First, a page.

“The Education of European and Chinese Girls at Home in the Nineteenth Century,” in A History of the Girl, ed. Mary O’Dowd and June Purvis (New York: Palgrave Macmillan, 2018). [with Qin Fang].
“‘Our Girls Have Grown Up in the Family’: Educating European and Chinese Girls in the Nineteenth Century,” Journal of Modern Chinese History 10, no. 1 (2016): 1–18 [with Qin Fang].
“Reading German Girlhood: Louise Tilly and the Agency of Girls in European History,” Social Science History 38, no. 1 (2014).
“‘Each word shows how you love me’: The social literacy practice of children’s letter writing (1780-1860),” Paedagogica Historica 50, no. 3 (2013).
My research is motivated by the conviction that childhood is neither a static nor uniform category, but rather has a history itself bound up in all aspects of social life. I am intrigued by what we can learn about European social and cultural history through uncovering the everyday experiences and perspectives of children.
My current book project, A Revolution in Childhood: Reading, Writing, and Agency in German Families, 1770–1850, demonstrates how active reading and writing became a defining feature of childhood during the age of revolutions. Beginning in educated middle-class families at the end of the Enlightenment and disseminating across European society by the end of the nineteenth century, a series of radical transformations occurred in the ideologies and practices of childhood: as a life stage, it was increasingly positioned as critical to self-formation; adults began to worry about entertaining children in active ways; sentimental attitudes influenced children’s learning; and at the same time, pedagogues and parents emphasized the cultivation of self-discipline. Pedagogical innovations, the development of new book genres and markets, and an increased emphasis on bourgeois domesticity joined to make German-speaking Central Europe a vital site for reimagining childhood.
The development of modern childhood has traditionally been understood as a process enacted on youth by adults, but in practice children’s socialization was mediated by young people’s own choices. To better understand the roles children played in transformations of modern life, there is now a need for studies which combine the history of changing sentiments with the history of children’s lived experience. In addition to the ideas and practices of pedagogues and family educators, we also must consider the part children played. Rather than dismissing the disciplinary aspects of pedagogy or overlooking the power of children to influence adults, my approach emphasizes the mutual constitution of agency and discipline in determining how children influenced European modernity.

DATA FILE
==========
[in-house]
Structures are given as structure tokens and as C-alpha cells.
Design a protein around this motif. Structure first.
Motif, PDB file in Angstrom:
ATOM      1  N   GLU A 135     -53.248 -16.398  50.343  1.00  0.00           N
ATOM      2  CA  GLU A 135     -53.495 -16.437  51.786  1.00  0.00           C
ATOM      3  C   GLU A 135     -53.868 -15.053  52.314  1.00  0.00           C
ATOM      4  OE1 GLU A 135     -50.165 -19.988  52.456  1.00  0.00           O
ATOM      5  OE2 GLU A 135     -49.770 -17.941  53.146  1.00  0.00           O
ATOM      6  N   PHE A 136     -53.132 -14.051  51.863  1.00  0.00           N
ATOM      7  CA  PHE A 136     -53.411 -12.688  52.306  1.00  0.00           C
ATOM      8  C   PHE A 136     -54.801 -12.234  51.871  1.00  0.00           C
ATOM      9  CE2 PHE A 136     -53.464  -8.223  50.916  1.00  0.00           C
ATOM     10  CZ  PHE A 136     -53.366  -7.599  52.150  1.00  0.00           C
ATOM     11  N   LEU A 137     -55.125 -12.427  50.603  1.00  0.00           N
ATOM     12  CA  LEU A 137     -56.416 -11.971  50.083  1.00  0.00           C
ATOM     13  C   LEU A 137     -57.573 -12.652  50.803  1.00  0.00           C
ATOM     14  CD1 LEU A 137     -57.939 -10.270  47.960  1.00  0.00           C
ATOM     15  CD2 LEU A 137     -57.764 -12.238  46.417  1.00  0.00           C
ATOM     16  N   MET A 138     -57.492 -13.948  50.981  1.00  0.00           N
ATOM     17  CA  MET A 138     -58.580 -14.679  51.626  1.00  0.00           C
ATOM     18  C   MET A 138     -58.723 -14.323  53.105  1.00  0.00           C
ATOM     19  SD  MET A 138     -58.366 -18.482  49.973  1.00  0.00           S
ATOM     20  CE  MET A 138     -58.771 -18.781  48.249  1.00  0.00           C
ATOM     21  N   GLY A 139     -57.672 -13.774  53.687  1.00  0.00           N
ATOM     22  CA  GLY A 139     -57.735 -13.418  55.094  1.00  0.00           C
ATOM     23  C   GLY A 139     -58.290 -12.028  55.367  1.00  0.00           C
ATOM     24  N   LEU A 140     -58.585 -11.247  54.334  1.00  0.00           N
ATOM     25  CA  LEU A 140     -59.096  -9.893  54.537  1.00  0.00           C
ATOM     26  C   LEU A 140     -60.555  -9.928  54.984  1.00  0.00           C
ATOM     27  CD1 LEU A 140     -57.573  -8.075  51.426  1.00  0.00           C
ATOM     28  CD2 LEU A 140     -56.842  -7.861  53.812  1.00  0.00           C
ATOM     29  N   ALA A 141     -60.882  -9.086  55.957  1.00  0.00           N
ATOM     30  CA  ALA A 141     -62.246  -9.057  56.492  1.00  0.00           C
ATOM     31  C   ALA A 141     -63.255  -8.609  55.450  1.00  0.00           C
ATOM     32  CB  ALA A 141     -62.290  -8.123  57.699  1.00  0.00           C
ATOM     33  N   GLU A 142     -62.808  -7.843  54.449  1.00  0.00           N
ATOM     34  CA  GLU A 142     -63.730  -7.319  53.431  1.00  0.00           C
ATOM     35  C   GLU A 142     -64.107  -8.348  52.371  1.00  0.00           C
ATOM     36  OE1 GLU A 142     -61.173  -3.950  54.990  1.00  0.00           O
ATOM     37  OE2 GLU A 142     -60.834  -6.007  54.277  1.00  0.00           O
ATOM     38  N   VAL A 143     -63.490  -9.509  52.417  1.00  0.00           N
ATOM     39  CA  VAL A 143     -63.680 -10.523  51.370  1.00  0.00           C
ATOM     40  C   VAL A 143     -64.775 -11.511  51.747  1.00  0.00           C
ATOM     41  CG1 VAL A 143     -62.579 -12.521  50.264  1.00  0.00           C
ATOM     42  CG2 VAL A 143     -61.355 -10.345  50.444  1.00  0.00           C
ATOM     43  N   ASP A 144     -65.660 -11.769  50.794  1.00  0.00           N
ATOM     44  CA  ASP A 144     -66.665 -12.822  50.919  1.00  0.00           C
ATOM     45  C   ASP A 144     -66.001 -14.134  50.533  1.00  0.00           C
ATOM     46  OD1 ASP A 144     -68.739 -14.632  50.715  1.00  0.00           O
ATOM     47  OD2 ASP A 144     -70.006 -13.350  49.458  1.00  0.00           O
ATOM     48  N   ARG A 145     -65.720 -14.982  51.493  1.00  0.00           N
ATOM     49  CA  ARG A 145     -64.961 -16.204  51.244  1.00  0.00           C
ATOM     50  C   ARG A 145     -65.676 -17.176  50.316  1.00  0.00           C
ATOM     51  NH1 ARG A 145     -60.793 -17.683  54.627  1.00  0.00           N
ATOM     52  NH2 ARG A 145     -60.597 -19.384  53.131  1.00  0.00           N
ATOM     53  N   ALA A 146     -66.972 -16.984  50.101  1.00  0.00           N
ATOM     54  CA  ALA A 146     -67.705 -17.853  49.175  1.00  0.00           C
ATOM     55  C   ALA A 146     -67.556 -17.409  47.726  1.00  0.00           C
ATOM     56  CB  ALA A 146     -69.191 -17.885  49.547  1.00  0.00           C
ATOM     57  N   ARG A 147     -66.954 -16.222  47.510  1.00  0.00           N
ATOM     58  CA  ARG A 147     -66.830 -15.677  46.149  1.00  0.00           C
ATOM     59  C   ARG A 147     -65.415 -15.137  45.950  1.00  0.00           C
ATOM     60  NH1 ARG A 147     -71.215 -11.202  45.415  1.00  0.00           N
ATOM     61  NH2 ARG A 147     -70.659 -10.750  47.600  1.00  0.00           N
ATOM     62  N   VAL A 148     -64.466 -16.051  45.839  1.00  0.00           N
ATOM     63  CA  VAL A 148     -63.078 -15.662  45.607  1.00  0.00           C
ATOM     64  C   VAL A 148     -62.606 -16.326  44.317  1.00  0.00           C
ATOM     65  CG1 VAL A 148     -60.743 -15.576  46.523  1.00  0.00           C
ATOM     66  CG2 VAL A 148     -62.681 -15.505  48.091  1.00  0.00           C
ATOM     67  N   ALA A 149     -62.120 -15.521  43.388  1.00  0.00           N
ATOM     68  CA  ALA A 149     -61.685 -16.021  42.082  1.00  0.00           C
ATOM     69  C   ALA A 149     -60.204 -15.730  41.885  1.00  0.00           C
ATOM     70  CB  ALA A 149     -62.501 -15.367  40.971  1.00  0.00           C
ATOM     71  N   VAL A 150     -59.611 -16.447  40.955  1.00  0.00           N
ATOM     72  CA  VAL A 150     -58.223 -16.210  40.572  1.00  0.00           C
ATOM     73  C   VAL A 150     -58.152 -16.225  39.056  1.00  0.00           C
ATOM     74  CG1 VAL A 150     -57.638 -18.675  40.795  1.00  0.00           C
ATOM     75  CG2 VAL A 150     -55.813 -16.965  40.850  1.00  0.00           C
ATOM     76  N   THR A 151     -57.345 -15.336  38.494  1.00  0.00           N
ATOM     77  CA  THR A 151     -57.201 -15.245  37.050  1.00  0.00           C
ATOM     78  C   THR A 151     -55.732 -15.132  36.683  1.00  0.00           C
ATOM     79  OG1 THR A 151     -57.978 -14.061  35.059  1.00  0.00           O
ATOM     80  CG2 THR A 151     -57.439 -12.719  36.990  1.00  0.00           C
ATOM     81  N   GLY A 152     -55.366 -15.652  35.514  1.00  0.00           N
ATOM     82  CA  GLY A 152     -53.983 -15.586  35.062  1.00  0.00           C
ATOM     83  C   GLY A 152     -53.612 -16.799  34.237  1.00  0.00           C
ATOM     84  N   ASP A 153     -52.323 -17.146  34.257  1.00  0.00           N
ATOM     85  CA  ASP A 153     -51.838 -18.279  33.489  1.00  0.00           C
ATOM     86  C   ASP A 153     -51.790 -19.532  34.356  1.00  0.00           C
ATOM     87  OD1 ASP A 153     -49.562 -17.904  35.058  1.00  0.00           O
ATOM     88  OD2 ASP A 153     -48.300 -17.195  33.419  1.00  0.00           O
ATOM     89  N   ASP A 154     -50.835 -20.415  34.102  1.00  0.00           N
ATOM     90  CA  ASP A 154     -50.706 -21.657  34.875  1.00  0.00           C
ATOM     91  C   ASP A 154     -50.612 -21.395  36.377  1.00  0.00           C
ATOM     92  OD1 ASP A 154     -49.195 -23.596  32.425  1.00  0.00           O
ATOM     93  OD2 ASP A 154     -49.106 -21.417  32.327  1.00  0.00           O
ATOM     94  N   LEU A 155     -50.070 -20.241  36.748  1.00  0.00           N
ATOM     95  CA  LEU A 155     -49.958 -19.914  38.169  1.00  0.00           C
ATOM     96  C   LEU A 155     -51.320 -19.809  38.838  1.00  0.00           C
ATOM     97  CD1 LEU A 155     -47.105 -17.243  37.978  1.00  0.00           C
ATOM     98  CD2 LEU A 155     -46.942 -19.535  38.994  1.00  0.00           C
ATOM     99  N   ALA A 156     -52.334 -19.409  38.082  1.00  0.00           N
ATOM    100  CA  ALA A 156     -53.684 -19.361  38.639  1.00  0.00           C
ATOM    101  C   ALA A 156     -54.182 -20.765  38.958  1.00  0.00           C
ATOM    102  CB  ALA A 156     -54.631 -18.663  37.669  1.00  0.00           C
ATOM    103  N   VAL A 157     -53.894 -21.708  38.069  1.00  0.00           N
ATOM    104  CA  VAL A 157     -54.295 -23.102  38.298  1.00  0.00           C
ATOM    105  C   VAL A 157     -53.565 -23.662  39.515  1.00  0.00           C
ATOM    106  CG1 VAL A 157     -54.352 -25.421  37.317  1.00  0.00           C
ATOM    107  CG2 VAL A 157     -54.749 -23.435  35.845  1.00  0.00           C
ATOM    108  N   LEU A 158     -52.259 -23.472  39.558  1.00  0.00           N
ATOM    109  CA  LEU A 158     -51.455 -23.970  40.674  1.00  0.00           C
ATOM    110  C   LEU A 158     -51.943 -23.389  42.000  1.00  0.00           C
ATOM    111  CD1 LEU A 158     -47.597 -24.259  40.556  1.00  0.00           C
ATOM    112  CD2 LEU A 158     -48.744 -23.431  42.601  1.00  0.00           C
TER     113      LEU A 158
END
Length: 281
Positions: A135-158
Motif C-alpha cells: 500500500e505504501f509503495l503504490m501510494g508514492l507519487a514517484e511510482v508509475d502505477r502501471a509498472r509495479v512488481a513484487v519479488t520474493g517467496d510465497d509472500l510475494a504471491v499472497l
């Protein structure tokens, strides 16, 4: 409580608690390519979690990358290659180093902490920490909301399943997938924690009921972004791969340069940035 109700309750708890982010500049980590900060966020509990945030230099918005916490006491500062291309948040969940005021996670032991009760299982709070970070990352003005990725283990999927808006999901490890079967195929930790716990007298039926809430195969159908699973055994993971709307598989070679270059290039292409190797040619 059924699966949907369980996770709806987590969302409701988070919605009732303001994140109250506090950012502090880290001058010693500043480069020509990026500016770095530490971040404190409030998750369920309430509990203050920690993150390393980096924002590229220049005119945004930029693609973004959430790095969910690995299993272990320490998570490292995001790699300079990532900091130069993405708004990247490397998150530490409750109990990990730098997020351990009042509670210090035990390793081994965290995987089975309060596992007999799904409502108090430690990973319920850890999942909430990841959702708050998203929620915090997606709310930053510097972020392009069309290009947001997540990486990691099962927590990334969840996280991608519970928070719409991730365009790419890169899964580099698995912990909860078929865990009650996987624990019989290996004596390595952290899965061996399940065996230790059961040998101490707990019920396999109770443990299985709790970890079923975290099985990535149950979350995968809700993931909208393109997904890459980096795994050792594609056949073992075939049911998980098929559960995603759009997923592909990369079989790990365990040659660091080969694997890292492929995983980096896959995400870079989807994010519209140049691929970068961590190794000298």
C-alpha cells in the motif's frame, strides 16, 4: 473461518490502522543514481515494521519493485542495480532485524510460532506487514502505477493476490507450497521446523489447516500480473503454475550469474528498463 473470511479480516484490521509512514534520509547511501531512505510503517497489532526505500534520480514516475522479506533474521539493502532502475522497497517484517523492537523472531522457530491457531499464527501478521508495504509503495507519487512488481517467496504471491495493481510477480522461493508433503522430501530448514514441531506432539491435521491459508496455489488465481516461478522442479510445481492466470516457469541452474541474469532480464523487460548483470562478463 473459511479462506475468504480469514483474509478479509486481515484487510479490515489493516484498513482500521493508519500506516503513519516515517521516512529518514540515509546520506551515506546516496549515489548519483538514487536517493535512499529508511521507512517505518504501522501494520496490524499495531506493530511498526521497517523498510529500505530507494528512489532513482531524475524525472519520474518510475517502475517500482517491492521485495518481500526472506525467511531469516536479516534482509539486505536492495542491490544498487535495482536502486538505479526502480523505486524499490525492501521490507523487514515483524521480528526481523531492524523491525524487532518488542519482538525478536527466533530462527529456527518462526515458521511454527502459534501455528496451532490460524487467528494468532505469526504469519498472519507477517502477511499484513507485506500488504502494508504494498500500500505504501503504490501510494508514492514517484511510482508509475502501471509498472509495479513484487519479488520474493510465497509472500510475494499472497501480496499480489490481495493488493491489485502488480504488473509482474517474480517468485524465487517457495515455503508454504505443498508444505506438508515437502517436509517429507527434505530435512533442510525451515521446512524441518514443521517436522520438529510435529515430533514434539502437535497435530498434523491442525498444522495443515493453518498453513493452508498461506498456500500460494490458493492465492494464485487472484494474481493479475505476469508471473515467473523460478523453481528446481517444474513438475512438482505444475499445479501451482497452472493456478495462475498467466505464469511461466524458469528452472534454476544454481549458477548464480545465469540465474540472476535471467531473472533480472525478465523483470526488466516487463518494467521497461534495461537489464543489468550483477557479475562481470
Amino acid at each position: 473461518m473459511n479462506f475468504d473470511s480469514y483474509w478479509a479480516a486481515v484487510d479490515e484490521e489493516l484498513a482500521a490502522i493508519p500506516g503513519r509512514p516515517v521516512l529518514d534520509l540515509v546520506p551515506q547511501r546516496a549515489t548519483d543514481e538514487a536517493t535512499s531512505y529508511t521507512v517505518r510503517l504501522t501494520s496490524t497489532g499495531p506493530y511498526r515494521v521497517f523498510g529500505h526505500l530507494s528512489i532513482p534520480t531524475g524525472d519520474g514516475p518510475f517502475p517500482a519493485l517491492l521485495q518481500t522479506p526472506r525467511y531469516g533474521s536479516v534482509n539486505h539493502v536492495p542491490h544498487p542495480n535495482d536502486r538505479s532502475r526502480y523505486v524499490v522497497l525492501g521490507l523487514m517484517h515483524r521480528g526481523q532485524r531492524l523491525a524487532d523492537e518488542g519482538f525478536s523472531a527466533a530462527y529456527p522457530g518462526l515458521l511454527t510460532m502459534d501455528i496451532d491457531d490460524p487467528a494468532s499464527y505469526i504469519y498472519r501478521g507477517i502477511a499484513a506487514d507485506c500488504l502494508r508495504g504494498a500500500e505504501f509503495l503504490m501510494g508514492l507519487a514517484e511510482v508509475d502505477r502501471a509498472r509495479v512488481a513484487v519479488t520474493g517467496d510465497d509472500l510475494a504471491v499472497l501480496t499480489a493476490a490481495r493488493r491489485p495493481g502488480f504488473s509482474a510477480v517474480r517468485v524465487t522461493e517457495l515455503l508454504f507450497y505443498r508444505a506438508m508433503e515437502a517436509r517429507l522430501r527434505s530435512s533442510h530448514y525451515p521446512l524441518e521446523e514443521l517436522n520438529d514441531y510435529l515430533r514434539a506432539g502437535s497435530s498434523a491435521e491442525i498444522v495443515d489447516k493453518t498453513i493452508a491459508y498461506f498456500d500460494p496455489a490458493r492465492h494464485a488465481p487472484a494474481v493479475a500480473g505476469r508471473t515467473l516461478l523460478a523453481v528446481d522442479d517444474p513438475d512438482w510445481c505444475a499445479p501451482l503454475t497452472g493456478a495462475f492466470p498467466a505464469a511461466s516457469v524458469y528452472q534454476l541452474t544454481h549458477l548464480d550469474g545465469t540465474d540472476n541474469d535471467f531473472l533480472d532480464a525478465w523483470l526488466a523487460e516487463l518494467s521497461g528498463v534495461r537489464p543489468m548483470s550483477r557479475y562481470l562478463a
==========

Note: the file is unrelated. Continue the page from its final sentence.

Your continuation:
A Revolution in Childhood furthermore shows how children participated in inventing the modern self. I argue that the emergence of the active child reader and writer was not simply a consequence of expanding literacy, but, in fact, a key constituent of modern life. The dissertation is organized as a series of case studies in literacy practices—youth periodicals, fairy tales, geographic schoolbooks, children’s letters, and youth diaries—which each demonstrate the complex and socially embedded ways in which children form opinions, exercise power, and make history.
My research has been generously supported by:
- The University of Minnesota: Imagine Fund, 2018 and Faculty Research Enhancement Funds, 2015–present
- The National Academy of Education / The Spencer Foundation: Dissertation Fellowship, 2012-2013
- Deutscher Akademischer Austausch Dienst (German Academic Exchange Service): Research Grant, 2011-2012
- The Conference Group for Central European History
- The University of Minnesota Graduate School (2007-2008, 2010-2011), College of Liberal Arts, History Department, and Center for German & European Studies (Hella Mears Graduate Fellowship in European Studies, 2012)
- The Friends of the Princeton University Library: Research Grant, 2011
A number of excellent resources related to the history of childhood, personal narratives, and the history of the book may be found on the web. Here are some links to sites which may be of interest:
- Children & Youth in History, from the Roy Rozenzweig Center for History and New Media
- Center for the Study of Egodocuments and History, the Dutch inventory of memoirs, diaries, and other autobiographical writings
- The German Archives for Diaries (Deutsches Tagebucharchiv) in Emmendingen
- SHARP: Society for the History of Authorship, Reading and Publishing
- Interacting with Print research group
- SurLaLune Fairy Tales
My book is based partly on documents from state and city archives across Germany. It also draws on the holdings of libraries with extensive collections of books published for children and youth. Here are links to some of those institutions:
Historical Collections of Children’s Books
- Kinder- und Jugendbuchabteilung, Staatsbibliothek Berlin (Children’s and Young People’s Literature Department, State Library Berlin)
- Cotsen Children’s Library: Princeton, NJ
- Bibliothèque l’Heure joyeuse (Library of the Joyful Hour): Paris, France
- Georg-Eckert Institut für Internationale Schulbuchforschung (Georg-Eckert Institute for International Schoolbook Research): Braunschweig, Germany
- Bibliothek für Bildungsgeschichtliche Forschung (Research Library for the History of Education): Berlin, Germany
- Institut für Jugendbuchforschung (Institute for Youth Literature Research): Frankfurt, Germany
- ALEKI – Arbeitsstelle für Kinder- und Jugendmedienforschung (Center for Children’s and Young Adult Media Research): Cologne, Germany